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Relational Database Transcript

The business world is always changing and with this brings a new level of data management. Never have companies gathered as much data, and those who effectively warehouse and utilize the data gain a unique competitive advantage. But before we can mine, warehouse and analyze the information, we need to gain a better understanding of the infrastructures involved with data management.

Let’s start with the star of the video – data. There are two types of data from which we can choose to build our analysis which are structured and unstructured data. Structured data is usually considered or categorized as quantitative data which is extremely organized and easily understood by machine learning algorithms such as IBMs structured query language, which if that sounds vaguely familiar is long hand for SQL. Structured data is used in many parts of the organization such as with accounting, booking systems and the all-important customer relationship management software. Now, on the other side of the spectrum is unstructured data which is qualitative in nature and cannot be analyzed using the typical data analysis techniques. Just as the name suggests, unstructured data does not have a predefined data model and is managed in non-relational databases known as NoSQL. Unstructured data is now being employed in a variety of applications such as in data mining, predictive data analytics and of course chat bots.

Since the subject of this video is understanding relational databases a little more clearly, we will focus on structured data.

Have you ever wondered how the school manages your account seemingly so effortlessly? With over 20,000 students enrolled at the college every year, and all with unique experiences, needs and program requirements, you would think there is some kind of magic at play. But the system is dependent on a relational database that takes all aspects into account. So let’s have a closer look.

Every relational database or logical data structure uses ways of organizing various aspects of information known as tables, views and indexes. Thinking about what you know about Excel, you know that the spreadsheet is broken down into countless rows and columns. This is the same premise for a data table. Typically, the columns represent the fields that you would be required to fill out in a form, and in the case of your school, it would contain your first and last name, address, birthdate, when you enrolled and of course your program. Since every column represents a field, we store every record (that’s you for example) in a row. The row has all the answers to your questions. Simple right? Well this table will need something that sets you apart from other students. So we assign a unique identifier for who you are, which no other student has in the school – you guessed it, your student number. This number becomes what is known as the primary key for this table. By performing a search query based on the student number, we will get all of the information in this table.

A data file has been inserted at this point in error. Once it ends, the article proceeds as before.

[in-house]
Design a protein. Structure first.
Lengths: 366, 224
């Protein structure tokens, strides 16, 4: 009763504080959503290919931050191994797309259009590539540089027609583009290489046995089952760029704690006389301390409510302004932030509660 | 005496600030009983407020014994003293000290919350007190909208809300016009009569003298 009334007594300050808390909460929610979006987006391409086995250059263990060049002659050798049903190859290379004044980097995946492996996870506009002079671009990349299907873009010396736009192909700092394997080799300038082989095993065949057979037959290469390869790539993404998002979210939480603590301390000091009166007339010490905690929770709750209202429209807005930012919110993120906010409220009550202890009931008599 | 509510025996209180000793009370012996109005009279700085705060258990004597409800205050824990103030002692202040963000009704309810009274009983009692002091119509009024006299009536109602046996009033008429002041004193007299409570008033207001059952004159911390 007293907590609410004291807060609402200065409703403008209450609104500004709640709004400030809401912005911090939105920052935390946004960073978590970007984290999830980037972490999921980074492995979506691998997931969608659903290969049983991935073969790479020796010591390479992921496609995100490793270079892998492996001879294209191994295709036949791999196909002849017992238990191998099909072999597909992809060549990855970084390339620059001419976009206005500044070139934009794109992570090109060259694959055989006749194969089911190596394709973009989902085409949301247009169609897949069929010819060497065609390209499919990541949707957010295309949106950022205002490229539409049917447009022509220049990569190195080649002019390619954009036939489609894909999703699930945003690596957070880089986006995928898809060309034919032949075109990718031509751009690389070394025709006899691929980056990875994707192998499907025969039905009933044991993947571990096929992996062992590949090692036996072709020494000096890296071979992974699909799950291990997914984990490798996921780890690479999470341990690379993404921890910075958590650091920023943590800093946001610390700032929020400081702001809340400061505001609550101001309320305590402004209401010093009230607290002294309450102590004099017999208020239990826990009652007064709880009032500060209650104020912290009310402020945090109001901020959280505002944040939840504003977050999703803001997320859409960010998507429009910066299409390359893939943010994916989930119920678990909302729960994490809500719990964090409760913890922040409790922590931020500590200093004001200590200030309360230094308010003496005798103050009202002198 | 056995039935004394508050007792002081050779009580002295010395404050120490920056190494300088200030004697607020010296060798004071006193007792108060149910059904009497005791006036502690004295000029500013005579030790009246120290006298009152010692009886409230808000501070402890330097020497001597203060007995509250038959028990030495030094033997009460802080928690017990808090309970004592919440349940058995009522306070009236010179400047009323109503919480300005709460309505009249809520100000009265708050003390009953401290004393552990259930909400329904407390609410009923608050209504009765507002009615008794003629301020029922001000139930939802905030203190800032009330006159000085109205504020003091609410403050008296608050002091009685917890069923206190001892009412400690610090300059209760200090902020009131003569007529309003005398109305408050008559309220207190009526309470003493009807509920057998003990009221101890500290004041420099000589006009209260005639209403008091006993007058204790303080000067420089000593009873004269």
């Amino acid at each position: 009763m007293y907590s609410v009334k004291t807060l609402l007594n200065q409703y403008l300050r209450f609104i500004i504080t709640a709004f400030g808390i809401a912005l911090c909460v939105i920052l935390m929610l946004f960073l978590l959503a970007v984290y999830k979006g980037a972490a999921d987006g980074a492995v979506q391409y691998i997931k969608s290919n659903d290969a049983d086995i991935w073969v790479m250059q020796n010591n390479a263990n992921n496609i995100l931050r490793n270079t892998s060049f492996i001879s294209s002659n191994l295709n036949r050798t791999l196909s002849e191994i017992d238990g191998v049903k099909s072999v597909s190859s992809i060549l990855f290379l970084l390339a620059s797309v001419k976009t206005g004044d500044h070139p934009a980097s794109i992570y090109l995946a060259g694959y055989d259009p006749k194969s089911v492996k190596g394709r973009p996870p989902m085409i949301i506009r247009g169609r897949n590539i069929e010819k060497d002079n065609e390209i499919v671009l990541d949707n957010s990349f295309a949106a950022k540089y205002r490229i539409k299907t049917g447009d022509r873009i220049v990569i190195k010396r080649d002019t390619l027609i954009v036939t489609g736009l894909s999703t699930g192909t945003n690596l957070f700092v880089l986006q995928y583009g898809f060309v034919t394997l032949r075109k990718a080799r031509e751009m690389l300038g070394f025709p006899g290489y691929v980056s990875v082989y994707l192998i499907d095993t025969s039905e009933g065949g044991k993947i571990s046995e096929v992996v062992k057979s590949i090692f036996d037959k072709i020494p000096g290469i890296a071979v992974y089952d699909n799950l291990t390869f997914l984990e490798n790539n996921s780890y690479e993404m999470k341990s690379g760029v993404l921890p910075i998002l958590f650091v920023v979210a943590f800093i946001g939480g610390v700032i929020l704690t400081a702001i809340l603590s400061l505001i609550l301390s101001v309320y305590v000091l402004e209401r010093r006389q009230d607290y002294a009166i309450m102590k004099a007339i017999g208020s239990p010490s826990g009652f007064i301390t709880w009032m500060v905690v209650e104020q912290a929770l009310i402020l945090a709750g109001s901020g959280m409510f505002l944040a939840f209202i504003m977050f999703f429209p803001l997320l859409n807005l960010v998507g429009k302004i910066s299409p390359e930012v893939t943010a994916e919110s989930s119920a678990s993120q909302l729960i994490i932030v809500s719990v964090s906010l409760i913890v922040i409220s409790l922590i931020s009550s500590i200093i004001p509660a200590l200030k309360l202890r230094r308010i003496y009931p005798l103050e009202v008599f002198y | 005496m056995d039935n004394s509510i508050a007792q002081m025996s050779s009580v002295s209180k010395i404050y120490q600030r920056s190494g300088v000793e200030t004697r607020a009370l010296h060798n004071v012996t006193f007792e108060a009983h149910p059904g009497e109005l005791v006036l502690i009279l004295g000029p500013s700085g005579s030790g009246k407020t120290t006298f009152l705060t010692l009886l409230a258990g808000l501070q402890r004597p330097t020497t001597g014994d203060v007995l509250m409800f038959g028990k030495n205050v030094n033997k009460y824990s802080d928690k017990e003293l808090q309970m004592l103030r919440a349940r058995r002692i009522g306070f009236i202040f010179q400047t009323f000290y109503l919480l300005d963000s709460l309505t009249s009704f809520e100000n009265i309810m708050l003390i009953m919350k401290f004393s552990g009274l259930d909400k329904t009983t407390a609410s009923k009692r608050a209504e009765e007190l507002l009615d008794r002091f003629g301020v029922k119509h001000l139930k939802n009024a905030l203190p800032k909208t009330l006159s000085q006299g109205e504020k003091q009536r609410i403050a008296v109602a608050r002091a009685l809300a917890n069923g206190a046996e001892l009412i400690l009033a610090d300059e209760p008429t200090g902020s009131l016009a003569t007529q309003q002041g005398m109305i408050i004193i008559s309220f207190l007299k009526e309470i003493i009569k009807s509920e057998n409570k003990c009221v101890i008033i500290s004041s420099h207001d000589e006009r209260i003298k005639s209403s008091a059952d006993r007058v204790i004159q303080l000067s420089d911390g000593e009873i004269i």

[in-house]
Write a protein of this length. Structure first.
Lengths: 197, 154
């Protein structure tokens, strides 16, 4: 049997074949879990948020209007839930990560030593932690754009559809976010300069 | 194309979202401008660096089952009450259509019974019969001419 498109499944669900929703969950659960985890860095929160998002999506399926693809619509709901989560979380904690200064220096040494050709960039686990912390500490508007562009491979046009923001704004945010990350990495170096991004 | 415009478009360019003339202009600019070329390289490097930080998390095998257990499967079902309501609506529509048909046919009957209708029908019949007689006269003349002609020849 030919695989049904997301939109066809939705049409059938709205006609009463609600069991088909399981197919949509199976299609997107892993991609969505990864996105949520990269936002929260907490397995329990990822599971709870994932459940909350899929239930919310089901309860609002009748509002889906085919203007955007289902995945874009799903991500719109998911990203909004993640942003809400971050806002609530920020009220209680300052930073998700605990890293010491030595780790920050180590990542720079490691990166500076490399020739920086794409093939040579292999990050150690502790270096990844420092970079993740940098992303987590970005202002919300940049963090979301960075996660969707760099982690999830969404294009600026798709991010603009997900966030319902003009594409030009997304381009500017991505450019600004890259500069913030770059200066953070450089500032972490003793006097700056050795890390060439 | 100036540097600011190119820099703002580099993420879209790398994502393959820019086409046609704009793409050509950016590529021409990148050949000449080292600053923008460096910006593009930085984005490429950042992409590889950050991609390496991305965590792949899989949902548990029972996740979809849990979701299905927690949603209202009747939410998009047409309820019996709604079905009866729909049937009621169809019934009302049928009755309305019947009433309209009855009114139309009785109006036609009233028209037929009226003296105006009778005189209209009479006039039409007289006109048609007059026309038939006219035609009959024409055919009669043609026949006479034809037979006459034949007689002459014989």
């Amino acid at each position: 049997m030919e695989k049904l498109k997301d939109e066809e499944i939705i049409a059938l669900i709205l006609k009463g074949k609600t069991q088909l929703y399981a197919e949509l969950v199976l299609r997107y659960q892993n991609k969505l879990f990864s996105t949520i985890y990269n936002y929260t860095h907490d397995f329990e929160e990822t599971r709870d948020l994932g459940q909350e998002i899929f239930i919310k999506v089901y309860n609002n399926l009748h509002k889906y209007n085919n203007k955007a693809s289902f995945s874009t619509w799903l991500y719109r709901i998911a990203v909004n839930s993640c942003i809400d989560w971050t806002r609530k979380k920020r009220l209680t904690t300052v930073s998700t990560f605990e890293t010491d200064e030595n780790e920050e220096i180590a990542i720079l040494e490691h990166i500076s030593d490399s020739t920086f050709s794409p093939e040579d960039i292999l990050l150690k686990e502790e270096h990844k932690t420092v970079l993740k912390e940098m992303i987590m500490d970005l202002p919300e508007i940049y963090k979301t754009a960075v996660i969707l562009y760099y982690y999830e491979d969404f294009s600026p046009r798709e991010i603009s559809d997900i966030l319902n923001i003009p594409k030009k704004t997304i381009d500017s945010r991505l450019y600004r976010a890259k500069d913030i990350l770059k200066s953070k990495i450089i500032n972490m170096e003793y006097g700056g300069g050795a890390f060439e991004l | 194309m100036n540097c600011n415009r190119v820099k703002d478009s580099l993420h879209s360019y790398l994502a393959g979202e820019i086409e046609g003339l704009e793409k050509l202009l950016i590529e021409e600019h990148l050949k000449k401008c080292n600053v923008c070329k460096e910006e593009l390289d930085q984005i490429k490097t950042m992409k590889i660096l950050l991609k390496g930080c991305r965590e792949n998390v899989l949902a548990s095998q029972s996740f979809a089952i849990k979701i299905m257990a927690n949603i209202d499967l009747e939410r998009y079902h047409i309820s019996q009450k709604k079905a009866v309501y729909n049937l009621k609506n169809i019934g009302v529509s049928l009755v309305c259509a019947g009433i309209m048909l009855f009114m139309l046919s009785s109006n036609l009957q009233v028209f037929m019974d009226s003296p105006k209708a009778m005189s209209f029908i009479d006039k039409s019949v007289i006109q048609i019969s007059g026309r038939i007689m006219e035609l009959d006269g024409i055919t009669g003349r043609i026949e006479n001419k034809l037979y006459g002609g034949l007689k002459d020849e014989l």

Much like your student number being unique to you, every program offered at the college needs a separate table that contains the requirements for the program such as what courses, when they are offered etc. However, to keep the information straight, each program is given a unique identifier or primary key in that table. The program code that is identified in your student record is known as a foreign key because it serves as a reference identifier to another table. In doing so, the system will be able to link all of your information to all the information required for your program. This is the relational aspect.

So now that we have built a basic student profile, there are other tables involved here as well, for example, accounting has set up a table for what fees are due for each semester based on the program, how much you have paid etc. This accounting table is linked to your account as well, so anytime someone needs to find information out about you, they simply query your student number. This is a very rudimentary explanation of the structure but it gives a basic understanding of the model and other tables would include course description, grades, faculty, and so many others.

The simple yet powerful relational model is used by organizations for a broad variety of information needs. Relational databases are used to track inventories, process ecommerce transactions, manage huge amounts of mission-critical customer information, and much more. A relational database can be considered for any information need in which data points relate to each other and must be managed in a secure, rules-based, consistent way.

The relational model is the best at maintaining data consistency across applications and database copies (called instances). For example, when a customer deposits money at an ATM and then looks at the account balance on a mobile phone, the customer expects to see that deposit reflected immediately in an updated account balance. Relational databases excel at this kind of data consistency, ensuring that multiple instances of a database have the same data all the time.

With so much information being collected through businesses all of the time, a relational data base helps break the information down so that it can be used to track performance, forecast sales, and much much more.

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